A lot of the prior tracks were completed on the road or in a bedroom studio using the same digital instruments, with little to no hardware (analog) gear. Also, we would be working on a lot of collaborations for other artist’s projects, and marketing while creating our own projects. This clouded the process and pulled away on some of the creativity. We changed a lot with the new EP.
With this project we spent a lot of time in the studio working with different sounds, and focused 100% on creating the best project we could. We cut out all collaborations, built a team to help us market the project, and changed the creative process.
We used hardware gear, different forms of mixing and mastering, and worked with some incredibly talented artists this time around that helped us create the best project possible. This is honestly, in our opinion, is the best project we’ve ever done.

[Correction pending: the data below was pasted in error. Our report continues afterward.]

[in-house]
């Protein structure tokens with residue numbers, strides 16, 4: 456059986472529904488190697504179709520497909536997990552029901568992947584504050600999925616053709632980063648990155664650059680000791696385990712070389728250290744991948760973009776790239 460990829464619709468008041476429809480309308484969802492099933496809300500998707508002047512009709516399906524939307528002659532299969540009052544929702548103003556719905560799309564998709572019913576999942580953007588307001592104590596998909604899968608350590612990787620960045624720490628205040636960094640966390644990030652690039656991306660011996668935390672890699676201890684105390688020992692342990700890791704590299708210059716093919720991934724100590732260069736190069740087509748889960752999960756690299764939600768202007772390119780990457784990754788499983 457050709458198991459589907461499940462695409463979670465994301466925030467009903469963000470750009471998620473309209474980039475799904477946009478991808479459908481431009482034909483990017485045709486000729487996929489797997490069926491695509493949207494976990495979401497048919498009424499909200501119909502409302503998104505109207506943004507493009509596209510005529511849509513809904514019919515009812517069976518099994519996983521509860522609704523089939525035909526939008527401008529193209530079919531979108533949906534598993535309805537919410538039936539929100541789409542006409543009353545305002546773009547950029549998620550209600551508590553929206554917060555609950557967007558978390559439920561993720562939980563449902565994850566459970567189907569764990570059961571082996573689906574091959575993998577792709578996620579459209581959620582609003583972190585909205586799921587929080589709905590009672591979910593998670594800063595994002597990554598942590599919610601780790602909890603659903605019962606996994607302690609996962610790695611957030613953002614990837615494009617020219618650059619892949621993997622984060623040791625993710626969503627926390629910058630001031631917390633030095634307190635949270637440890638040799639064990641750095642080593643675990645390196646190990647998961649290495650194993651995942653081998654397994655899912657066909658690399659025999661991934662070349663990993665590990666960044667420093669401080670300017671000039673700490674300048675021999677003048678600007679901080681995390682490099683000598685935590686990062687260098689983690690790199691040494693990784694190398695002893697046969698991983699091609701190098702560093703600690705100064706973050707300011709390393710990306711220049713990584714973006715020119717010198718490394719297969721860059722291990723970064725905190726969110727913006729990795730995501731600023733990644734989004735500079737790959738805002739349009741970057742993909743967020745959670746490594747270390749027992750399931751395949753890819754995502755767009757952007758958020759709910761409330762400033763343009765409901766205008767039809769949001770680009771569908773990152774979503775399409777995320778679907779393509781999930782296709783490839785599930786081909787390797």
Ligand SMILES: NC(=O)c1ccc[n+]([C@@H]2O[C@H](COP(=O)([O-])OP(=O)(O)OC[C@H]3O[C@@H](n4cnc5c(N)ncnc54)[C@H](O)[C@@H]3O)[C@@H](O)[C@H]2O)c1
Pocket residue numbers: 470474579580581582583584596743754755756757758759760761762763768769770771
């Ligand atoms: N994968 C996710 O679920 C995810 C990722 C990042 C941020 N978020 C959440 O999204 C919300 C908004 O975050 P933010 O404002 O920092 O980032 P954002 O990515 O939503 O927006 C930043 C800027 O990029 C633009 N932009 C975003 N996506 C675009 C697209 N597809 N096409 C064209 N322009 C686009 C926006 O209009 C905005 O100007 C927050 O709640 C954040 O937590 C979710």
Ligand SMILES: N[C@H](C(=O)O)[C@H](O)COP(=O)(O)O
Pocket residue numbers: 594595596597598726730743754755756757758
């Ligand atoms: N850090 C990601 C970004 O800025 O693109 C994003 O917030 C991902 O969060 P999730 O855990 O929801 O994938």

4) What are your thoughts on the hip-hop industry at the moment?
Josh: I think the hip-hop industry is in a great position. A lot of unique artists are releasing amazing music. I’m also happy to see producers getting more recognition now as well. I see a lot of crossover instruments and sounds, as far as Hip-Hop and Dance music, forming together to make amazing performances and recordings.
I feel like the hip-hop community is more receptive to different sounding music than it had been in the past. We work closely with one of my good friends, TJ Mizell (A$AP Ferg’s tour DJ), and he has been using a lot of Dance music in Ferg’s live performances. It’s awesome to see artists with an open mind and experiment with unique sounds and production. I think a lot of this has to do with being an independent artists.